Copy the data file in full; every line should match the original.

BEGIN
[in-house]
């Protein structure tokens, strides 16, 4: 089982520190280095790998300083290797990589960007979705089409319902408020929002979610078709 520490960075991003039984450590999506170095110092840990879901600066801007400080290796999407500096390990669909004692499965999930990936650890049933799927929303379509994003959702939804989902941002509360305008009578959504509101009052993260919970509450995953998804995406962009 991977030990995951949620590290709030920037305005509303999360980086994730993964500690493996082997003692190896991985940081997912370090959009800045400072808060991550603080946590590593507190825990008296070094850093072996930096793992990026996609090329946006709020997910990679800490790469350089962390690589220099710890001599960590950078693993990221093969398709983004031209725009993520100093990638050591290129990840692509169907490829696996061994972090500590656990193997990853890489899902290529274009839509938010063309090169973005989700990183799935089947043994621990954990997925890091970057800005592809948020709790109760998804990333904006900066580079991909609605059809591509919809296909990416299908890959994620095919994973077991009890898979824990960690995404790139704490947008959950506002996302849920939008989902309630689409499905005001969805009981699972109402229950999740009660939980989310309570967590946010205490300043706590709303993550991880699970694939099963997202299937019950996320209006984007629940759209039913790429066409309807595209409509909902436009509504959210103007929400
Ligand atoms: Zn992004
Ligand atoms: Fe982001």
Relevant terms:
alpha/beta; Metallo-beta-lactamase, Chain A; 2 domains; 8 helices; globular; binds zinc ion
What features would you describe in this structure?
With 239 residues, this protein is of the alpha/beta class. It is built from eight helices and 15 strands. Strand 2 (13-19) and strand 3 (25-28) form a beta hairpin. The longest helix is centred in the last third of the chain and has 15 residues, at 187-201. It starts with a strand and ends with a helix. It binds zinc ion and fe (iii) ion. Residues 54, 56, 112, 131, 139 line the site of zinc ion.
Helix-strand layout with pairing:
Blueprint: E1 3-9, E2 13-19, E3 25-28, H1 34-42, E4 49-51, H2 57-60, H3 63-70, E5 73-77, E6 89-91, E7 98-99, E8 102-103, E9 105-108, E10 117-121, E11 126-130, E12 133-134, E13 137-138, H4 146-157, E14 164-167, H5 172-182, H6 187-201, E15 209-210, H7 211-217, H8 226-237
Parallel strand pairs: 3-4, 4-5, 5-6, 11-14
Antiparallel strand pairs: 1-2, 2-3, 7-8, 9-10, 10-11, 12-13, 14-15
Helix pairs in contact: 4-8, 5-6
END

[in-house]
């Protein structure tokens, strides 16, 4: 089982520190280095790998300083290797990589960007979705089409319902408020929002979610078709 520490960075991003039984450590999506170095110092840990879901600066801007400080290796999407500096390990669909004692499965999930990936650890049933799927929303379509994003959702939804989902941002509360305008009578959504509101009052993260919970509450995953998804995406962009 991977030990995951949620590290709030920037305005509303999360980086994730993964500690493996082997003692190896991985940081997912370090959009800045400072808060991550603080946590590593507190825990008296070094850093072996930096793992990026996609090329946006709020997910990679800490790469350089962390690589220099710890001599960590950078693993990221093969398709983004031209725009993520100093990638050591290129990840692509169907490829696996061994972090500590656990193997990853890489899902290529274009839509938010063309090169973005989700990183799935089947043994621990954990997925890091970057800005592809948020709790109760998804990333904006900066580079991909609605059809591509919809296909990416299908890959994620095919994973077991009890898979824990960690995404790139704490947008959950506002996302849920939008989902309630689409499905005001969805009981699972109402229950999740009660939980989310309570967590946010205490300043706590709303993550991880699970694939099963997202299937019950996320209006984007629940759209039913790429066409309807595209409509909902436009509504959210103007929400
Ligand atoms: Zn992004
Ligand atoms: Fe982001």
Relevant terms:
alpha/beta; Metallo-beta-lactamase, Chain A; 2 domains; 8 helices; globular; binds zinc ion
What features would you describe in this structure?
With 239 residues, this protein is of the alpha/beta class. It is built from eight helices and 15 strands. Strand 2 (13-19) and strand 3 (25-28) form a beta hairpin. The longest helix is centred in the last third of the chain and has 15 residues, at 187-201. It starts with a strand and ends with a helix. It binds zinc ion and fe (iii) ion. Residues 54, 56, 112, 131, 139 line the site of zinc ion.
Helix-strand layout with pairing:
Blueprint: E1 3-9, E2 13-19, E3 25-28, H1 34-42, E4 49-51, H2 57-60, H3 63-70, E5 73-77, E6 89-91, E7 98-99, E8 102-103, E9 105-108, E10 117-121, E11 126-130, E12 133-134, E13 137-138, H4 146-157, E14 164-167, H5 172-182, H6 187-201, E15 209-210, H7 211-217, H8 226-237
Parallel strand pairs: 3-4, 4-5, 5-6, 11-14
Antiparallel strand pairs: 1-2, 2-3, 7-8, 9-10, 10-11, 12-13, 14-15
Helix pairs in contact: 4-8, 5-6